Breastfeeding professor: Students get lesson in nursing debate
A professor who nursed her baby in front of her class at American University has become the latest breastfeeding controversy – and all sides are missing a chance to have a deeper, inclusive discussion about the unresolved challenges of childcare access, women's employment, and work-family balance.
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Pine wrote that she was “shocked and annoyed” at the e-mail’s anti-woman implications, that nursing her baby would be considered “delicate” or “uncomfortable.” Later, as Ms. Mongilio pursues her story – even having the nerve to try to interview Pine in person! What shoddy journalism they’re teaching over there – Pine becomes ever more offended, writing disparagingly about how the young reporter called her breastfeeding in class an “incident” and how the student newspaper overall was anti-feminist. (She quoted a rather unfortunate and unrelated date rape column to prove her point.)Skip to next paragraph
is a longtime Monitor correspondent. She lives in Andover, Mass. with her husband, her two young daughters, a South African Labrador retriever and an imperialist cat..
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Meanwhile, the university has not appeared particularly pleased with its professor, noting in classic institutional language that perhaps sick babies do best at home. According to the Washington Post, here’s part of the university’s position statement:
“A faculty member’s conduct in the classroom must be professional. Faculty may maintain a focus on professional responsibilities in the classroom by taking advantage of the options the university provides, including reasonable break times, private areas for nursing mothers to express milk, and leave in the case of a sick child.”
There’s a lot wrong with all of this.
Firstly: Sure, the young reporter’s questions show a good deal of naiveté. Just because breastfeeding involves breasts doesn’t mean that it is an uncomfortable topic. And just because a situation involves breastfeeding doesn’t mean that it’s really about nursing – here, for instance, we have many deeper issues about women’s employment, child care access, and work-family balance, particularly for single moms.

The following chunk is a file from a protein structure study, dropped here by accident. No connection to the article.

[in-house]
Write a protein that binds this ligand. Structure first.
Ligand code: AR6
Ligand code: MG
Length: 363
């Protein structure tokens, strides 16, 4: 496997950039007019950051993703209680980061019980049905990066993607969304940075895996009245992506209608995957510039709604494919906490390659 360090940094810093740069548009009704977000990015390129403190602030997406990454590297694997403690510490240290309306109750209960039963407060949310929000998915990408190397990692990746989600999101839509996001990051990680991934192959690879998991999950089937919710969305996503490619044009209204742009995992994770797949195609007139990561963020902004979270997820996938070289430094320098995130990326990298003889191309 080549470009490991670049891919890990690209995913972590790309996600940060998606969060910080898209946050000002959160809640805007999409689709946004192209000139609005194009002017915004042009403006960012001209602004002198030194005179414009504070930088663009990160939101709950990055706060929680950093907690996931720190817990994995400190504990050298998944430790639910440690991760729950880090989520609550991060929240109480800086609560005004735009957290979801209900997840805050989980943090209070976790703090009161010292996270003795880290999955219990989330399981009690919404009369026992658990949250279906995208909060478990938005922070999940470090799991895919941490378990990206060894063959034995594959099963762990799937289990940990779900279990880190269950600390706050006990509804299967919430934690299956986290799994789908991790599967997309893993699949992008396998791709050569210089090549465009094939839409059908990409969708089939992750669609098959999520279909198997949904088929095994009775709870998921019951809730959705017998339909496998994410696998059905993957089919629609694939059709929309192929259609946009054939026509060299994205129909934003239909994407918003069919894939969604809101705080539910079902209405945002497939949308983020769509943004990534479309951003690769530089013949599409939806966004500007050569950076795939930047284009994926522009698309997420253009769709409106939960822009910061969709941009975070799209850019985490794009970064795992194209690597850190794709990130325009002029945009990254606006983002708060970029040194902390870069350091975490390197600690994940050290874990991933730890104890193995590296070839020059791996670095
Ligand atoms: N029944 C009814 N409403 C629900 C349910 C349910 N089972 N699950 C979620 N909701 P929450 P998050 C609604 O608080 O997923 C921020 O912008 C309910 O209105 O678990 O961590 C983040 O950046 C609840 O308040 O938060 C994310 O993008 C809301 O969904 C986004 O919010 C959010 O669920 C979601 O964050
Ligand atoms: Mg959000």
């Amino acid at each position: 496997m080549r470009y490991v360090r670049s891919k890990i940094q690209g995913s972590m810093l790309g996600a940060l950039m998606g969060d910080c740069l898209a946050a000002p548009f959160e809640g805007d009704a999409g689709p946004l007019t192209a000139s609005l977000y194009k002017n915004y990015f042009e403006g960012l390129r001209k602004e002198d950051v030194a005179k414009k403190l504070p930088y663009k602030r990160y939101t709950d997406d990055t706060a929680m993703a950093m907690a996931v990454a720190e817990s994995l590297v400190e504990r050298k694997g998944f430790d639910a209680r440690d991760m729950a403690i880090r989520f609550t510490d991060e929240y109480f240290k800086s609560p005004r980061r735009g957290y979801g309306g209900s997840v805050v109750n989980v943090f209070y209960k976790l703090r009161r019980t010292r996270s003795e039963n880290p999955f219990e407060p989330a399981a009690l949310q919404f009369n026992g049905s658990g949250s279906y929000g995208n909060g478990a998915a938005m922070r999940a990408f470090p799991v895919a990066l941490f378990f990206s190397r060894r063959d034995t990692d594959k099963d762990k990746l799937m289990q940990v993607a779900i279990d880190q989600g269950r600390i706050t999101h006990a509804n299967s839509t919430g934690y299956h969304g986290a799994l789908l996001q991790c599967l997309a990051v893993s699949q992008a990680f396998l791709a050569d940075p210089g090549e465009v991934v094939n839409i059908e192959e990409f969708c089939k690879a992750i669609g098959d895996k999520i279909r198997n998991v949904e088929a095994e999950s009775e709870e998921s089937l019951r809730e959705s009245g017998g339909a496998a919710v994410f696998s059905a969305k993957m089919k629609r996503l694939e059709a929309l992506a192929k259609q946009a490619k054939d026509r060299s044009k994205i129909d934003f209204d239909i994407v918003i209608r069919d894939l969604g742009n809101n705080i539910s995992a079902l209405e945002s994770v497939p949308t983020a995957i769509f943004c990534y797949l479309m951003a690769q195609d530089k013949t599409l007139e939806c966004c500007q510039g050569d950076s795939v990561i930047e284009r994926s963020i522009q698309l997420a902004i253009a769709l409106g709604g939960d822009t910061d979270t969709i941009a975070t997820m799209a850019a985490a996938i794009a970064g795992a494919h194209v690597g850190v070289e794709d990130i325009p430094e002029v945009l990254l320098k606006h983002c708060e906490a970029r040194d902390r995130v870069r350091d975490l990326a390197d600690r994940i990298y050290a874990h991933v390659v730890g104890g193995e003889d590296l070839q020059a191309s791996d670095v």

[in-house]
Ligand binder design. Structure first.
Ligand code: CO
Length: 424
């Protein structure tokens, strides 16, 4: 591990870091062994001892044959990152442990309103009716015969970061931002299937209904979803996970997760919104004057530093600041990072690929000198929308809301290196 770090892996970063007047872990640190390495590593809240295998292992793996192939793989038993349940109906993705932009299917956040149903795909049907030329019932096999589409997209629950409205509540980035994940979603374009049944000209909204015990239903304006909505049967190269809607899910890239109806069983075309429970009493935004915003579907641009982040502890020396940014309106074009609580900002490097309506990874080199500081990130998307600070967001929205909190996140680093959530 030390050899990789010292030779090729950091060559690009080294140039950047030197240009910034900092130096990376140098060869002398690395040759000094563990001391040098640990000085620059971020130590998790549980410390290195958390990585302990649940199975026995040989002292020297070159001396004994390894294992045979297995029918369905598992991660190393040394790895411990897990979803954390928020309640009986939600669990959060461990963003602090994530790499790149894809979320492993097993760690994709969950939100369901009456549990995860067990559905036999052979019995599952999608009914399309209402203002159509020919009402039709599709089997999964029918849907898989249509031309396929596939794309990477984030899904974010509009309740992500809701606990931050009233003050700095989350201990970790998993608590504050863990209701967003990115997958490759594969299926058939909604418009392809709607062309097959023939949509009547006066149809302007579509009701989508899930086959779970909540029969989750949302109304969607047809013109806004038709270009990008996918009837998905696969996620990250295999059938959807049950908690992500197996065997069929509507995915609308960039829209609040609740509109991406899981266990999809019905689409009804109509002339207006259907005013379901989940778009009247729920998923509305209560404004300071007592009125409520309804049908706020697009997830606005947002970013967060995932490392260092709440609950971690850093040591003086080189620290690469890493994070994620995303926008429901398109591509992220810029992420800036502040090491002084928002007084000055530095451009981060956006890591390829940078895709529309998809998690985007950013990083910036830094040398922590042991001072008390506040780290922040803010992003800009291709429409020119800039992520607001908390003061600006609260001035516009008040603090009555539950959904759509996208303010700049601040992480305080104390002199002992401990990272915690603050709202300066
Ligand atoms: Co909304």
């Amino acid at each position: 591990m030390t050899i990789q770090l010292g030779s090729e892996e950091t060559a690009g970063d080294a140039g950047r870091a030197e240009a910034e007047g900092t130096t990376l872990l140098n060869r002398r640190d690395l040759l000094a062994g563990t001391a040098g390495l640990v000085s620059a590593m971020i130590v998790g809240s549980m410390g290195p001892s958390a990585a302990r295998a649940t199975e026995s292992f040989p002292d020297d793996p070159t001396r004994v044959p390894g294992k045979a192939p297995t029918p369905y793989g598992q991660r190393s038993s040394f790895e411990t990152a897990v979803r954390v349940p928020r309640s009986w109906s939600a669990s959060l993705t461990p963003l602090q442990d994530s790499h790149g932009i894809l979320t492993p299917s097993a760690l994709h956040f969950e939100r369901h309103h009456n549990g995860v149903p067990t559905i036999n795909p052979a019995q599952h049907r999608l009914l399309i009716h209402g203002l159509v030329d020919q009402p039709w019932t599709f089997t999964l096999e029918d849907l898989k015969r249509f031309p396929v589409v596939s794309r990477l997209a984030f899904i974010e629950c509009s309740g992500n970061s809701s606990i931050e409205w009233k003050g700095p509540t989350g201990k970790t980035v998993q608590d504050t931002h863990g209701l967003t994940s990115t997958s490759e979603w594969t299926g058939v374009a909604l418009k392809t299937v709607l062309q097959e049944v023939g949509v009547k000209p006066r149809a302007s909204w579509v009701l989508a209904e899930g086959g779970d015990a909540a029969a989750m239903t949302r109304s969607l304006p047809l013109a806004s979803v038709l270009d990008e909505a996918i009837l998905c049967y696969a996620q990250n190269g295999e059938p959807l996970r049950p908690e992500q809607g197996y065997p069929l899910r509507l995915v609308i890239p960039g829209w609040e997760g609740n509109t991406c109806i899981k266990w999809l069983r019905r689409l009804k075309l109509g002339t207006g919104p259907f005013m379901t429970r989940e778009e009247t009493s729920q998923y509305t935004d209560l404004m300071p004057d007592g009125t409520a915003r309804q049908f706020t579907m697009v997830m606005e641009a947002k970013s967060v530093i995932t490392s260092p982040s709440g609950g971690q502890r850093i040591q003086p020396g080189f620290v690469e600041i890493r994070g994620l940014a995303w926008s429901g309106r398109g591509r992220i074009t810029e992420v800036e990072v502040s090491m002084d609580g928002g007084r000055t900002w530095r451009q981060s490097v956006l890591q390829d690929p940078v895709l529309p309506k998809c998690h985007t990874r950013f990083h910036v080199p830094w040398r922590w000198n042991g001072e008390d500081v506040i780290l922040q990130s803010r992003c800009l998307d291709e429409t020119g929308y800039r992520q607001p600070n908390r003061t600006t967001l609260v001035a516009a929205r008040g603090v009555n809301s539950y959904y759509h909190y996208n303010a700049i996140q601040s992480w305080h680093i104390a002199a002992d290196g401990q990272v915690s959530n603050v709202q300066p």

But the journalist is a student. It’s hard to blame her for not navigating in the most academically-accepted or progressive way what is surely a culturally fraught topic. After all, we're in an environment where a woman nursing her toddler is featured on the cover of Time magazine and a woman nursing her baby is kicked off a Delta flight.
Then we have the professor, who, understandably, seems annoyed that this personal experience has become so publicized. But do we have to get all nasty about it? Pine wrote that she had a disinclination to use her daughter as a teaching tool, which, again, I get. But why not, once the baby’s in class, anyhow? Rather than getting her back up, Pine could have used the chance to have an open, detailed, and kind conversation with a journalist who had a mouthpiece to the university community.
And then there’s the university response. In a lot of ways, it seems pretty darn progressive. In its statement, it marks off all the boxes of a good-for-families workplace – flexibility, nursing facilities, and so on. But clearly, in this situation, its policies weren’t enough.
So where does that leave us? With everyone peeved.
Everyone involved in this story seems to be trying to do the “right” thing. But there is massive disconnect, along with a good dose of frustration.
And this, perhaps, hits at the root of the difficulties surrounding parenthood in today’s working American culture. Which is why, I think, I am squeamish. By turning this into the latest breastfeeding controversy, with outrage all around, we are missing a chance to have a deeper, inclusive discussion about those unresolved challenges.